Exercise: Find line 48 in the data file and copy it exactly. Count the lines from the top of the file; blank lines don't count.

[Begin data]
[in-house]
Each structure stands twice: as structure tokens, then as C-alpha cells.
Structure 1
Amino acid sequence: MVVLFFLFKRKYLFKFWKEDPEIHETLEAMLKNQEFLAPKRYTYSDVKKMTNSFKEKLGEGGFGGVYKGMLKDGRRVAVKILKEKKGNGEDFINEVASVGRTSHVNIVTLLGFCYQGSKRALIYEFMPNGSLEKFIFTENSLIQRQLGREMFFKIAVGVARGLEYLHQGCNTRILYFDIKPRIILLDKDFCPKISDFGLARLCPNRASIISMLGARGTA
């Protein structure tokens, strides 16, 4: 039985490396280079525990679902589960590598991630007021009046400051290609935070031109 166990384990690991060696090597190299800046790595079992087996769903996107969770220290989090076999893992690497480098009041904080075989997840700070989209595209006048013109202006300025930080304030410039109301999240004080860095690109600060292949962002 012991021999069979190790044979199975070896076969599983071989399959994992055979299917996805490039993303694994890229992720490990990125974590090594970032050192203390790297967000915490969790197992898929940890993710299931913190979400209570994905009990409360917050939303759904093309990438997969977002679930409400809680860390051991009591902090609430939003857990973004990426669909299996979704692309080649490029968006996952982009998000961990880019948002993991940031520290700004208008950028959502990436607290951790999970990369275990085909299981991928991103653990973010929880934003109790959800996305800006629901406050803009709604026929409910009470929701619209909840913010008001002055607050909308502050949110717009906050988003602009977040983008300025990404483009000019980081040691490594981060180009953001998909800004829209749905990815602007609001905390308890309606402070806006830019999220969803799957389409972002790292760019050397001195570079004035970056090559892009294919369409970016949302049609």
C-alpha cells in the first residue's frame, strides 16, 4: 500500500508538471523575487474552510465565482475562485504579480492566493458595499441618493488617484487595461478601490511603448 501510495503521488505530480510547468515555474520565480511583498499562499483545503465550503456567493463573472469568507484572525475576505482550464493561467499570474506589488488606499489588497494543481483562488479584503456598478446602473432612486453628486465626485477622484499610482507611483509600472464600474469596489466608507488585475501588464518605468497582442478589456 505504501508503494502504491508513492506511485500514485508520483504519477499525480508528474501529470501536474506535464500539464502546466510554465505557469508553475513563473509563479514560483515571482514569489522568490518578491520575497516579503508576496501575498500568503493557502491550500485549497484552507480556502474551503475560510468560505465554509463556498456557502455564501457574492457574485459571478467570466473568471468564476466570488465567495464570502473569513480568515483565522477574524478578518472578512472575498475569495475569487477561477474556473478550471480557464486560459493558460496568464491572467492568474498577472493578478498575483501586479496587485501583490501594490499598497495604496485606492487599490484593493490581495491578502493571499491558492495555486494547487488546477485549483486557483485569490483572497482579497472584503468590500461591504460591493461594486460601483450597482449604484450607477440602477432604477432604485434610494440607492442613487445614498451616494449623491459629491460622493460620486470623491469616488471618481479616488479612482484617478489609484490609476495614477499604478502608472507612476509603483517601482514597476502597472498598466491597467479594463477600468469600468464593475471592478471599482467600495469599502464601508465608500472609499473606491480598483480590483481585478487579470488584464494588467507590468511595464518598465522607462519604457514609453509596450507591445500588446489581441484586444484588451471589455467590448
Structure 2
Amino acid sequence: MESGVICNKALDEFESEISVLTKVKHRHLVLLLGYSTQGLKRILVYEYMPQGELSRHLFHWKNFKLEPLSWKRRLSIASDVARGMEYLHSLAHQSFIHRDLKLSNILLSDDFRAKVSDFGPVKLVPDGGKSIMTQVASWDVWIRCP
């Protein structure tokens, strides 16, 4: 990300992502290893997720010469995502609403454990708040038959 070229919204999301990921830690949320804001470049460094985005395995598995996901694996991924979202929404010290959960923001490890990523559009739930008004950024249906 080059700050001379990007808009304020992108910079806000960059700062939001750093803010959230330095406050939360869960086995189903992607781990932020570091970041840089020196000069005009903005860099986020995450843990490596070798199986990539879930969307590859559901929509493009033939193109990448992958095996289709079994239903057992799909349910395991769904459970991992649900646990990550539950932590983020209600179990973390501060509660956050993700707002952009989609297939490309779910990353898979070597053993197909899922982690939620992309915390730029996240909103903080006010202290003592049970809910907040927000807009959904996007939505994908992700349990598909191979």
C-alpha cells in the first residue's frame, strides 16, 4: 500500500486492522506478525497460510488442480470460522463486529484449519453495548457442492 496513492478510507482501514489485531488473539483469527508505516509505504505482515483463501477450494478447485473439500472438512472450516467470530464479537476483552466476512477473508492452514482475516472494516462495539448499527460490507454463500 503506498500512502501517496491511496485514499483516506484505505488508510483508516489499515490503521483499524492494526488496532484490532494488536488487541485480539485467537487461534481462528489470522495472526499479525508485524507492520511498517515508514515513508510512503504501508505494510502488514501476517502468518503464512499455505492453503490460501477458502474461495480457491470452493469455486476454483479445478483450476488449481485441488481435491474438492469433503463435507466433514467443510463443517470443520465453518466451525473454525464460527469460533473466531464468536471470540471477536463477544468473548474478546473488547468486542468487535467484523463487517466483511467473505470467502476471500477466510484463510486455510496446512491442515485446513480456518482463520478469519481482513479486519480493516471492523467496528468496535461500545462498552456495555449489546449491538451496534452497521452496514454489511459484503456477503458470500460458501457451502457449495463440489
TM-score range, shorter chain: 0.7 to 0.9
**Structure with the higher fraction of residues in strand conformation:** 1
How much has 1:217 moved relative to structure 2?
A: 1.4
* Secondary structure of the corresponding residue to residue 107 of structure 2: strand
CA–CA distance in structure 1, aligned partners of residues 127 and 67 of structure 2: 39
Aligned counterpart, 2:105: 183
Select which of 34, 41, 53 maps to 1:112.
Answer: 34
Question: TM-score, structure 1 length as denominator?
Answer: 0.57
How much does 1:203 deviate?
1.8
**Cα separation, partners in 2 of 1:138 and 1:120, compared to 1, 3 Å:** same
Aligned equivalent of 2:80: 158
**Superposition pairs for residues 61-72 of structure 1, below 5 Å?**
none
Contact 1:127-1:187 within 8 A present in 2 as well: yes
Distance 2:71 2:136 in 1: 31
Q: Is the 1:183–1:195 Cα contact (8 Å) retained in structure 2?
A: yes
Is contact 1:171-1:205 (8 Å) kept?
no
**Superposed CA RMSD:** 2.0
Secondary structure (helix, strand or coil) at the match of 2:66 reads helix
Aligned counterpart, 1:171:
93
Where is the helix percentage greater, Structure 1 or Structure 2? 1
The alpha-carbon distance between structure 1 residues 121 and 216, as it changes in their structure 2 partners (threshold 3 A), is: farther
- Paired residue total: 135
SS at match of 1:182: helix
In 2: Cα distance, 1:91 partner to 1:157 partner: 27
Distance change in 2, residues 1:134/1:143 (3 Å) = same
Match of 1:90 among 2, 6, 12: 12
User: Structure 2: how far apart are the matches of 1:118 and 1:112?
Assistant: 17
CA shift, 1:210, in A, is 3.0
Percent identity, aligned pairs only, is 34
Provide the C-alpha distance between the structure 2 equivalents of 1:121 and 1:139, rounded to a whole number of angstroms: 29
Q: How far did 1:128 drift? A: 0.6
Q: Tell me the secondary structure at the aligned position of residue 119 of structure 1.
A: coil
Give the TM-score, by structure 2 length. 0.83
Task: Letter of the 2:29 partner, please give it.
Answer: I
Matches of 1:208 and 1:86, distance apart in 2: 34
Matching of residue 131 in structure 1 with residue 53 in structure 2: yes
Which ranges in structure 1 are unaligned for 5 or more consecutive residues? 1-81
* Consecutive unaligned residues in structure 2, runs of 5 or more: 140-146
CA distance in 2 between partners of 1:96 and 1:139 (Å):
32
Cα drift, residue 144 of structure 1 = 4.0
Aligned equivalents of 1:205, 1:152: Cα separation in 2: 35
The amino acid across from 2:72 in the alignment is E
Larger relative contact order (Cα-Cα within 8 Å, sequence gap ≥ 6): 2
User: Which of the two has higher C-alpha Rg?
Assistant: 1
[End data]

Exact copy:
Percent identity, aligned pairs only, is 34